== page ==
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Mon 27 Jul 2020 04:41 PM

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Expo 2020 Dubai takes major stride towards construction worker welfare

Data collected from 5,500 workers measures levels of effort, sleep and recovery ensuring workers remain healthy with preventative screenings

Expo 2020 Dubai takes major stride towards construction worker welfare

The monitor for health workers - in the form of a wearable wrist strap - has been used at Expo 2020 Dubai's site for the last 30 months under a 'Worker Wellness Programme'. 

Expo 2020 Dubai has developed what it says is the future for health and safety of workers on major construction projects.

The monitor for health workers - in the form of a wearable wrist strap - has been used at Expo 2020 Dubai's site for the last 30 months under a 'Worker Wellness Programme'. 

A total of 5,540 construction workers wellbeing were measured using the Whoop-manufactured wearable wrist straps - also worn by elite athletes to measure key metrics from their training sessions.

In this case, the Whoop devices collated data such as heart rate variability, resting heart rate, and sleep autodetection, with custom reports then built to show workers their data in a weekly summary - 153,785 worker progress reports were issued to participants through the course of the programme.

The data helped medical experts from Expo 2020’s on-site emergency centre to carry out 1,467 preventative screenings for workers whose reports highlighted potential underlying conditions.

More than 13 terabytes of data have been collected via the wellness wearable devices, which will form the basis for research by the University of Sharjah.

The research will focus on cardiovascular health and sleep disorders, with an aim to inform the future of worker wellness. The organisers believe the basis of the study will ensure well-being of construction workforces at future major construction sites and mega-events.

Predictive models

According to the Expo 2020 deputy COO Rashid Mohammed the organisers “haven’t come across any other project that tracks human physiology at this scale”.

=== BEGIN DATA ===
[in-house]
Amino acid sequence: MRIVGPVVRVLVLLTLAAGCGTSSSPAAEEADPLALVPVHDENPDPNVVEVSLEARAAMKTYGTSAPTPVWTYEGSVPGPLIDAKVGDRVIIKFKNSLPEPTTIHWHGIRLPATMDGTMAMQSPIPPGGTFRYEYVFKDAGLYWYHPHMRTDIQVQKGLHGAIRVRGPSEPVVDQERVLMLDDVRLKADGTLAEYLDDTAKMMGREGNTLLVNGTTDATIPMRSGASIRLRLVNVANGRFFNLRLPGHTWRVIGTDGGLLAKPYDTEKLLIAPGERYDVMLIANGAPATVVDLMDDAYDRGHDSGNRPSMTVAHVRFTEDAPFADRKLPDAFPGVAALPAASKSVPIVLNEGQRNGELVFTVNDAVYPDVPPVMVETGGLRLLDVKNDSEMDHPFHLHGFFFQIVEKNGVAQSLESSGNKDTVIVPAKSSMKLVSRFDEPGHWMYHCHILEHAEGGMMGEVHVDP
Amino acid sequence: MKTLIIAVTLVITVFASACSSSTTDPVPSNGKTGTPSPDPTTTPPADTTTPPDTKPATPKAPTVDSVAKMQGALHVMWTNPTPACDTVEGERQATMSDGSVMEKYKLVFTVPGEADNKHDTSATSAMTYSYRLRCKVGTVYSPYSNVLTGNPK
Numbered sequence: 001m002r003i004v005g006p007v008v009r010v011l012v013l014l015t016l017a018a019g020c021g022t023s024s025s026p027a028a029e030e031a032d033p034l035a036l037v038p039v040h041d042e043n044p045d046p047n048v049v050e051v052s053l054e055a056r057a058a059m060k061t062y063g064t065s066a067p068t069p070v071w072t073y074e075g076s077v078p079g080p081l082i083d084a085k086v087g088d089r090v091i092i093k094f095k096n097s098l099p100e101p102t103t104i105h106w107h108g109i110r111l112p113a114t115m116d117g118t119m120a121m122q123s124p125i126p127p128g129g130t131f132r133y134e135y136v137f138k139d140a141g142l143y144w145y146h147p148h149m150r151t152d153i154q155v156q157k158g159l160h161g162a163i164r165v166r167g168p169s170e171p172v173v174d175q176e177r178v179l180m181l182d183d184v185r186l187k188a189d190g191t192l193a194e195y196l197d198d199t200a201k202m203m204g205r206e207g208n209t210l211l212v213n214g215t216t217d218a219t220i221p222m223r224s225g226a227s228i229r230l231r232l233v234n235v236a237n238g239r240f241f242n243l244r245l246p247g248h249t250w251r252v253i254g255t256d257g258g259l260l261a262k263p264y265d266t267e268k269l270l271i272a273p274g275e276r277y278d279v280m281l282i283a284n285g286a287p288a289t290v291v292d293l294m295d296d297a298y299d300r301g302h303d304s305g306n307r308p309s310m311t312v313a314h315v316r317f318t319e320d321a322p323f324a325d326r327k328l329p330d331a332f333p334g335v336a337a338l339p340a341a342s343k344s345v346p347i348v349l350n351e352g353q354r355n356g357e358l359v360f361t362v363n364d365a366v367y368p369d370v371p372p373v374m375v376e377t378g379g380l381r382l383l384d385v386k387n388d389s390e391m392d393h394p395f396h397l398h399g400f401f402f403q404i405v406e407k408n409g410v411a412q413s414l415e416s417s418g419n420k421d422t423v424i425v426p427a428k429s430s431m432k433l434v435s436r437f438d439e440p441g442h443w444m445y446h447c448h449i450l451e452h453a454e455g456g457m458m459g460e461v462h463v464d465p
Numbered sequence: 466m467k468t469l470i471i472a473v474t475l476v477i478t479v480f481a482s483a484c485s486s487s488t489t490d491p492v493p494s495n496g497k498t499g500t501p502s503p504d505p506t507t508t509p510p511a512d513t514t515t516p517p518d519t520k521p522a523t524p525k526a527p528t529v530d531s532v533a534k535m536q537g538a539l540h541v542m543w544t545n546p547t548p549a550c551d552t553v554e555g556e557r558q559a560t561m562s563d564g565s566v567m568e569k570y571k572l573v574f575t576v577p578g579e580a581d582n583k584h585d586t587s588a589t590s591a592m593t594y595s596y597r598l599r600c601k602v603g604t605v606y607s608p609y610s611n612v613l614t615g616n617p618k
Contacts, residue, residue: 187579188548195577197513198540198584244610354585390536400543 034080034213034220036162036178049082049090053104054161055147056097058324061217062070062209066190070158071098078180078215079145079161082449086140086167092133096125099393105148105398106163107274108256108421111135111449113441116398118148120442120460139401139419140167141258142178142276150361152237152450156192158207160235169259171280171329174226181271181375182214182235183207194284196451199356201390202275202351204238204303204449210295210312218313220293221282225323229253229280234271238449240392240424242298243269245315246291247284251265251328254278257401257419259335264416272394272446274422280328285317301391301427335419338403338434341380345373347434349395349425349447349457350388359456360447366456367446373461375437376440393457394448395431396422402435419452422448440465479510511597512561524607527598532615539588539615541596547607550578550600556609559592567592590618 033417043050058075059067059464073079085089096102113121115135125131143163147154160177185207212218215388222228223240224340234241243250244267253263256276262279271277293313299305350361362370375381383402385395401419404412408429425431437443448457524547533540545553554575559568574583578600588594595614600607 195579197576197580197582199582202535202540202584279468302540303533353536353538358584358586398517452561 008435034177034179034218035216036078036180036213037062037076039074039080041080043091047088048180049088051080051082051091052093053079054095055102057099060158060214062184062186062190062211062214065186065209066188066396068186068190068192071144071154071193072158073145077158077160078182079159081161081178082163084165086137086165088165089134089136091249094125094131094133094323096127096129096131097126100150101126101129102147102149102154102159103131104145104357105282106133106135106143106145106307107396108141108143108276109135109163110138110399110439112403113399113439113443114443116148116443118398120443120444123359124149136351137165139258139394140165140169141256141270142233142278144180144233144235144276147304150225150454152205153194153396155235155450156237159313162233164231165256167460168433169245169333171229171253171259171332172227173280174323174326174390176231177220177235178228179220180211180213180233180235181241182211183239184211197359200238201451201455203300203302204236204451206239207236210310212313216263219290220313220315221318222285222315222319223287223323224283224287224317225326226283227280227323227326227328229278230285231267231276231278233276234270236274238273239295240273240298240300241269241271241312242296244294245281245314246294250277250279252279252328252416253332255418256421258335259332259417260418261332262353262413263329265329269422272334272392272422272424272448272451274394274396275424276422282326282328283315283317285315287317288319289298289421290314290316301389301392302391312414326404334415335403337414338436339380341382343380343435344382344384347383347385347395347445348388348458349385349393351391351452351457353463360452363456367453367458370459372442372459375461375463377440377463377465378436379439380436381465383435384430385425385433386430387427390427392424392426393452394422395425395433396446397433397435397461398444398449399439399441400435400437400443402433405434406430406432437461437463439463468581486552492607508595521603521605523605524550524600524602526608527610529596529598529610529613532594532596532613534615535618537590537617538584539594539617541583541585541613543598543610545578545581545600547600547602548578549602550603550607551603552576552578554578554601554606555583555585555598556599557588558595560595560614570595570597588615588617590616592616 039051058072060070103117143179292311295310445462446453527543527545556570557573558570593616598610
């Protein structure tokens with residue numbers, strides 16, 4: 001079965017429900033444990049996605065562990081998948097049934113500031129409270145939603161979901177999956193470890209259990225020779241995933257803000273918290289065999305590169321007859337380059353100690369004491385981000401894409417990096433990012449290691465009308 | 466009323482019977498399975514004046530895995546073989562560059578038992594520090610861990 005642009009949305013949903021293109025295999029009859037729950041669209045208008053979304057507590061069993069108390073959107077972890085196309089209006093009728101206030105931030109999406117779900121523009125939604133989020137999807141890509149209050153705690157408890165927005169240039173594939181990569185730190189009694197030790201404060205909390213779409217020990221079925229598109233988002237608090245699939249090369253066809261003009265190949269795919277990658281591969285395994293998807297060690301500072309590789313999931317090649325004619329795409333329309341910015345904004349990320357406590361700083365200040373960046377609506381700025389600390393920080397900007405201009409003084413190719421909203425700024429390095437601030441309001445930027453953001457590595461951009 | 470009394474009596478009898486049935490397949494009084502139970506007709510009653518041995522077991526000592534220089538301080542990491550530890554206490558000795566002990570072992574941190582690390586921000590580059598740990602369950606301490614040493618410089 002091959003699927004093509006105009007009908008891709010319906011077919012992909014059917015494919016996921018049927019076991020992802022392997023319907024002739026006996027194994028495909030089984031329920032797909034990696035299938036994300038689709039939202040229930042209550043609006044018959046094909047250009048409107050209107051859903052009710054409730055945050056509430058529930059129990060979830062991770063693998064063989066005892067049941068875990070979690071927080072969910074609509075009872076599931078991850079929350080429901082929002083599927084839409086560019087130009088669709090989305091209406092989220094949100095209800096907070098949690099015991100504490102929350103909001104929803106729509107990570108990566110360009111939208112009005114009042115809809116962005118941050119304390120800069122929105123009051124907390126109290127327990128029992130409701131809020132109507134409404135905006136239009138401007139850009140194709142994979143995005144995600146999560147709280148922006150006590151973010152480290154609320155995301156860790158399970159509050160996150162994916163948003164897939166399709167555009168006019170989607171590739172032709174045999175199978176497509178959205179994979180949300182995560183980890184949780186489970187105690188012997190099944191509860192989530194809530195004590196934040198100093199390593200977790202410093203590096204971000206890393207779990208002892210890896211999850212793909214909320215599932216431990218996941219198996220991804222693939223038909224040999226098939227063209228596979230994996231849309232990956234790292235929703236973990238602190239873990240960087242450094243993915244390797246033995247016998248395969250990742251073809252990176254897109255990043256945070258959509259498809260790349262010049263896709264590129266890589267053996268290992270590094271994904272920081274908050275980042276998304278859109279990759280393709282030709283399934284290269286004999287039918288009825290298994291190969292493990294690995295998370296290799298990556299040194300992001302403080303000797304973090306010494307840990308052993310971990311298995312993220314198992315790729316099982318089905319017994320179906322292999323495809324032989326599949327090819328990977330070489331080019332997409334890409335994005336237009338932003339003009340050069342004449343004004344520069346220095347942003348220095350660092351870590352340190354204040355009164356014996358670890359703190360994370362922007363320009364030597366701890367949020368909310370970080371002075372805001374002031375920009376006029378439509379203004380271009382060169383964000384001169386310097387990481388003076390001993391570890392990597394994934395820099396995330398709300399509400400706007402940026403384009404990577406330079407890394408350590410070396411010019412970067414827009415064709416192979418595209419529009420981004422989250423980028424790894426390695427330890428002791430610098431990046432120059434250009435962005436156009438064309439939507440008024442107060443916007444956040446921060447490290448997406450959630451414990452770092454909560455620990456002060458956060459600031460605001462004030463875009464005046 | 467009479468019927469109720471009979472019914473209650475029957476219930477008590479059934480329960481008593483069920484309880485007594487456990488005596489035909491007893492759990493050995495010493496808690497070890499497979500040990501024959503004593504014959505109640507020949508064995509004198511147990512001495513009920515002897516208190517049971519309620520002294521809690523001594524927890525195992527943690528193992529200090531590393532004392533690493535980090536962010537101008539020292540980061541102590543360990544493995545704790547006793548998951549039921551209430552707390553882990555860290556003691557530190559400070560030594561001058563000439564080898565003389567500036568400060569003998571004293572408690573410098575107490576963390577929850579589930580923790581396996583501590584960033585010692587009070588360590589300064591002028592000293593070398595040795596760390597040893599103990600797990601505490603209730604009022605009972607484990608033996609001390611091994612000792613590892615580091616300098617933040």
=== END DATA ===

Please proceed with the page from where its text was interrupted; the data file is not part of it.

He added: “The data gathered will form part of the legacy that Expo 2020 leaves the world, taking us one step closer to predictive models that can save lives.”

Will Ahmed, Founder and CEO, Whoop, said: “Construction is one of the biggest sectors in the world, yet from a health monitoring standpoint these sites are being developed in the same way as 200 years ago. By using Whoop technology, we can understand what it will take to prevent injuries and to make a workforce healthier.”

Toufik Refki, Director, Worker Wellness Programme, Expo 2020 Dubai said: “Our construction workers are the lifeblood of Expo 2020, and their safety and welfare are overriding priorities for us. Through this programme, we are able to shed more light on the health habits, routines and needs of construction workers and help create a safer workplace for them.”

The academic findings of the Worker Wellness Programme’s first phase are due to be released later this year. A second phase will begin 2021, using wellness wearable technology to monitor the health and well-being of workers during the six months of Expo 2020, which runs from 1 October 2021 to 31 March 2022.

Pintu Ramlal, a mason at Expo 2020 Dubai and a volunteer in phase one of the project, said: “Ever since I started using the Whoop Strap, I noticed a lot of benefits. I check my reports every week and I often speak to the health advisors to help me action the reports’ recommendations and improve my health. I have encouraged my friends to join and explained the benefits of the programme to them.”

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